Emmanuel Macron Does TV Battle With French Billionaires

A revolution in French capitalism is taking place amid the pandemic. The country’s media landscape is being reshaped as influential broadcasters, newspapers and magazines change hands, triggering a race for influence among billionaire investors.

This big bang will inevitably cause sleepless nights for President Emmanuel Macron as he wages an uphill battle for reelection against far-right foe Marine Le Pen — whose first-round poll lead speaks to a falling trust in traditional institutions, including the media. But there’s opportunity for him, too.

These are politically sensitive deals, not just because they’re happening in the run-up to next year’s presidential vote but because of the ownership concentration they’d entail. This week’s proposed sale of Bertelsmann’s stake in television station M6 to billionaire Martin Bouygues’s conglomerate would bring 75% of the TV advertising market effectively under one roof. Bouygues already owns the TF1 television channel.

The bidding war for M6, which reportedly drew in Le Monde’s billionaire Czech investor Daniel Kretinsky and Vivendi’s Vincent Bollore, comes soon after another fight for influence at publisher Lagardere. Family scion Arnaud Lagardere is losing his grip on the company, while Bollore is tightening his hold on the publisher with the help of activist allies. Lagardere assets such as the glossy magazine Paris Match and radio station Europe 1 could end up controlled by the Vivendi mogul.

Macron is likely to play a key role in how this game of thrones plays out — and not just because of the traditional close ties between politics and business in Paris, or Macron’s fascination with the media after his own rapid rise to power five years ago.

There are multiple challenges for the president. Pushing back against consolidation would do nothing to help a fragmented media sector that suffers from unprofitable business models and Google’s and Facebook’s dominance of digital advertising. The current rules on ownership concentration speak to values that go back to World War II, according to consultant Jean-Clement Texier, and entrench the image of media brands as unprofitable tools of domestic influence.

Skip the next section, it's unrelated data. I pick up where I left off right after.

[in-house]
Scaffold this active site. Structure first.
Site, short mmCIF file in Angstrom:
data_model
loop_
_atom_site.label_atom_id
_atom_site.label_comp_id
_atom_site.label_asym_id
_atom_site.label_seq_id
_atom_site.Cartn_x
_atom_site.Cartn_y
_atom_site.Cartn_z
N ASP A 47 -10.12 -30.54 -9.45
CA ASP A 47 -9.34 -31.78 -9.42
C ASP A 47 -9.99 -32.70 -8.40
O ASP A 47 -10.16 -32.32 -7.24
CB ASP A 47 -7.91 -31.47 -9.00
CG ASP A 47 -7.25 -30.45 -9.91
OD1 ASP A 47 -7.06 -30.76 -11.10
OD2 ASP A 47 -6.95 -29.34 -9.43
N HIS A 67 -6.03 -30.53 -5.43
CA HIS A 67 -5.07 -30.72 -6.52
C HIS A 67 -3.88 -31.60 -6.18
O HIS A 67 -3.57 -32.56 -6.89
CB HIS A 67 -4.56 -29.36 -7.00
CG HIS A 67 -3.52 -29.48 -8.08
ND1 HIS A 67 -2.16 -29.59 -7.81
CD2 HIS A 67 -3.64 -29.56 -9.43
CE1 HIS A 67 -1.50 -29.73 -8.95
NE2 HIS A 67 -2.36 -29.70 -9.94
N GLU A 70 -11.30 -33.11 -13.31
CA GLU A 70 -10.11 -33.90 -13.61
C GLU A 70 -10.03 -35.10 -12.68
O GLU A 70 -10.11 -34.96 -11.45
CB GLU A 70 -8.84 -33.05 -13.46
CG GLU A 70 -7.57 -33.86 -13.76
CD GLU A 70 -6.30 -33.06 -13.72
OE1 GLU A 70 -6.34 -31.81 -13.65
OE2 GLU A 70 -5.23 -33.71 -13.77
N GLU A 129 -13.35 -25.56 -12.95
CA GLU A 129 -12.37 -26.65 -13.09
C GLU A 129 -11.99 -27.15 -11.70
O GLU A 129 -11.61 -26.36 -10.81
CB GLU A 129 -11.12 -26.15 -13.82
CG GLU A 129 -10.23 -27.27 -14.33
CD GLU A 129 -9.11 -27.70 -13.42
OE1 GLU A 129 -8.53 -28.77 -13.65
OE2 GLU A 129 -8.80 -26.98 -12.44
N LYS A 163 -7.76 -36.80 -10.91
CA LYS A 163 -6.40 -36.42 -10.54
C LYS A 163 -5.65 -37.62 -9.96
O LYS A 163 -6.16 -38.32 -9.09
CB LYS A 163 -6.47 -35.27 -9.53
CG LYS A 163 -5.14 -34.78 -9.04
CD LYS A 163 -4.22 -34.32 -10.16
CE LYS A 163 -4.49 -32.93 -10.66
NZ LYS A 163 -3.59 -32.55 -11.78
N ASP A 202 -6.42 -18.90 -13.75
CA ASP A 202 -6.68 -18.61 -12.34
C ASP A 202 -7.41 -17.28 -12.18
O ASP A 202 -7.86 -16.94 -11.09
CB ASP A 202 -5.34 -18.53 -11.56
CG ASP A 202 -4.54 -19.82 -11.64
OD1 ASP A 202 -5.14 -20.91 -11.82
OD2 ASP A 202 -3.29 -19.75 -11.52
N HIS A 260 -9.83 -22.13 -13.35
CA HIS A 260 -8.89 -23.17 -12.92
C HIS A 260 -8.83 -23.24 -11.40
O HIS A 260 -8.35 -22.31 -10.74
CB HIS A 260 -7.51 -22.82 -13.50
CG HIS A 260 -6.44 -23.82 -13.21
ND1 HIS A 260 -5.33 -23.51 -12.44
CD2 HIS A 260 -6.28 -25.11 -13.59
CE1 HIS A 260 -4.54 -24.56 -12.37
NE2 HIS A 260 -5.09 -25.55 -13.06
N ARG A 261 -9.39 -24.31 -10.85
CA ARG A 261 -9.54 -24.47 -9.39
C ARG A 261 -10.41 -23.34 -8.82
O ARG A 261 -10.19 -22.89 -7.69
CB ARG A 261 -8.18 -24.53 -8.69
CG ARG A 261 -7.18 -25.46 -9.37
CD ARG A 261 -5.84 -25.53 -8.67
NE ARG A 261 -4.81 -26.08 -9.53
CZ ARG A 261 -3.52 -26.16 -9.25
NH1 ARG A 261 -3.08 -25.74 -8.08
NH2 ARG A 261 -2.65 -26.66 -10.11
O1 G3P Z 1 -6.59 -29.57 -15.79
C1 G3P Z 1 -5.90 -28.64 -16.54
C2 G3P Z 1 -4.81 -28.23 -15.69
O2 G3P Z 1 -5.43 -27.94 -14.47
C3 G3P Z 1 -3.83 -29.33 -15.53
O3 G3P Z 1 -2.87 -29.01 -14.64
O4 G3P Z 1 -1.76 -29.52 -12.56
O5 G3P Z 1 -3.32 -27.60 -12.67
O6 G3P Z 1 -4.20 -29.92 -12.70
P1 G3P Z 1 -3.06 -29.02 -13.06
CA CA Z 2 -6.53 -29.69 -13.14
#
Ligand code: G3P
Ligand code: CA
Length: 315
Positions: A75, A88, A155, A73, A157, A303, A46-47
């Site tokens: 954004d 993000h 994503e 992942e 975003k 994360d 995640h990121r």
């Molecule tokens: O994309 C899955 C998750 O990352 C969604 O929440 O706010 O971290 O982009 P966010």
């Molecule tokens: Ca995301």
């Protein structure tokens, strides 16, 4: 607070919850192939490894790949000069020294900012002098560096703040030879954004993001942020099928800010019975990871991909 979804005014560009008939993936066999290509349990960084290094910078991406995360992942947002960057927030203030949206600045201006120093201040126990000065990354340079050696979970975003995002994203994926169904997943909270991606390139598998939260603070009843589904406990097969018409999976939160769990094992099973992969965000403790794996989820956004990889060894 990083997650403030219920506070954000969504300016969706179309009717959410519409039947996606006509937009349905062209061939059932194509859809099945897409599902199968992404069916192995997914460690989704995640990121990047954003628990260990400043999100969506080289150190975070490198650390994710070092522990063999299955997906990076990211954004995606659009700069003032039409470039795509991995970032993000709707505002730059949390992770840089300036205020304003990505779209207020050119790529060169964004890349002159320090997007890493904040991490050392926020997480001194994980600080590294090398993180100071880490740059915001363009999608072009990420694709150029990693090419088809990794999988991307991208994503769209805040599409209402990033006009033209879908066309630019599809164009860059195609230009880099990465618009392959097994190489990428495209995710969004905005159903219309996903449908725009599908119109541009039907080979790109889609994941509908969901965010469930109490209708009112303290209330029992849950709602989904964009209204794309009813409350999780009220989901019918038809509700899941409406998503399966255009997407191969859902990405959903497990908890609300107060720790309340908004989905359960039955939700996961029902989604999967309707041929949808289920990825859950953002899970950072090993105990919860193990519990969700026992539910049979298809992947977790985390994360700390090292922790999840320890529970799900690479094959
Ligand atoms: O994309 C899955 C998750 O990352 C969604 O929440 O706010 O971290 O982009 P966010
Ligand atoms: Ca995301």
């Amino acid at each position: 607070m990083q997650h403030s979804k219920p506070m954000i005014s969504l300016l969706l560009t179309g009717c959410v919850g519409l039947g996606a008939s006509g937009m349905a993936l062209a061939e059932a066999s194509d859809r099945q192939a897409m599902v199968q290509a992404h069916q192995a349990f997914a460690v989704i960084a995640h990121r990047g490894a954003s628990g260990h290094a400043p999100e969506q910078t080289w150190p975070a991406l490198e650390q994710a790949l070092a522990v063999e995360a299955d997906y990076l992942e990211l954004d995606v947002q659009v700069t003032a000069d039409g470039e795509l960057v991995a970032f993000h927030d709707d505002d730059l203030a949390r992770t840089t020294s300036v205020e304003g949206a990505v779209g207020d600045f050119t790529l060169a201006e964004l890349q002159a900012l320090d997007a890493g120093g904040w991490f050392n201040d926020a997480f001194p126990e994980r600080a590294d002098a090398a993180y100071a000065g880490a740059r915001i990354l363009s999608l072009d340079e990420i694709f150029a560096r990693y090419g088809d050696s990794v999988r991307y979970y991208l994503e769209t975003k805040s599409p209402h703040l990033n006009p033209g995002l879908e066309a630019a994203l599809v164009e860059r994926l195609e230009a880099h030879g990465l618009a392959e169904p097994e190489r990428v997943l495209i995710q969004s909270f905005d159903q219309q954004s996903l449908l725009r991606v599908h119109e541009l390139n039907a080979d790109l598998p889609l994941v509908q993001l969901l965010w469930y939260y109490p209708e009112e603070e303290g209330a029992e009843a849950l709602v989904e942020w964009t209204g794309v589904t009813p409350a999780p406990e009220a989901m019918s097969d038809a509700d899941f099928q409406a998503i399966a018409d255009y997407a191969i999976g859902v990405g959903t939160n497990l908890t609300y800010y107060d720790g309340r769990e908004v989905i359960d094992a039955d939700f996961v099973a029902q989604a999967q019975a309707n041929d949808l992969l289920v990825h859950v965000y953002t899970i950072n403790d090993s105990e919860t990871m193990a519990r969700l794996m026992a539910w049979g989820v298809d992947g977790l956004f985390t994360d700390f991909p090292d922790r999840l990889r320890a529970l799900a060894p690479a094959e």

But encouraging the creation of bigger media empires ahead of the election won’t thrill the Elysee Palace either. Vivendi’s Bollore has rattled the political establishment with the popularity of his channel CNews, praised by Le Pen as a place for “open debate” during lockdown. Labeled by Le Monde as France’s answer to Fox News, CNews hosts have played down Covid-19 and one has been fined for inciting racial hatred. Giving them a bigger platform would justifiably stoke fears of a “Trumpification” of French media.

CNews’s rise does, however, work in Bouygues’s favor. It will probably make Macron better disposed toward the combination of TF1-M6 as a “national TV champion” and bulwark against more populist channels. Nodding through the deal by taking a more relaxed view of antitrust rules would keep the likes of Bollore in check and help strengthen French media assets against the might of Silicon Valley. 

The pandemic has amplified the French state’s interventionist urge, including the recent defense of Carrefour as a strategic supermarket. As seen with Veolia’s swoop on waste-management rival Suez, once unthinkable domestic deals have become possible since the pandemic.

There’s a risk that this kind of concentration will make the playing field uneven for those without political backing. Still, cobbling together state-backed media companies doesn’t mean France is drifting into Soviet-style censorship, or going back to the 1960s when ministers had a row of buzzers at their desks to summon media bosses, as historian Alexis Levrier writes. It’s still possible to launch profitable, online media startups that influence French politics. 

Look at Loopsider, whose scoop revealing the police beating of music producer Michel Zecler galvanized protests against a flagship security law. Loopsider cofounder Bernard Mourad, a former investment banker and Macron adviser, tells me there are opportunities, even as the media sector is “veering to the right.”

Still, in an ideal world, lowering the barriers to consolidation would be accompanied by broader reform. Better regulation would ensure advertising prices remain fair, and force companies to remove extremist content more quickly. Generous state subsidies should be overhauled, as Sciences Po professor Julia Cage suggests. And public-sector TV assets could be used to start consolidation across Europe. If France can change its attitude toward domestic M&A so profoundly, why not consider international deals?

This column does not necessarily reflect the opinion of the editorial board or Bloomberg LP and its owners.

Lionel Laurent is a Bloomberg Opinion columnist covering the European Union and France. He worked previously at Reuters and Forbes.

©2021 Bloomberg L.P.

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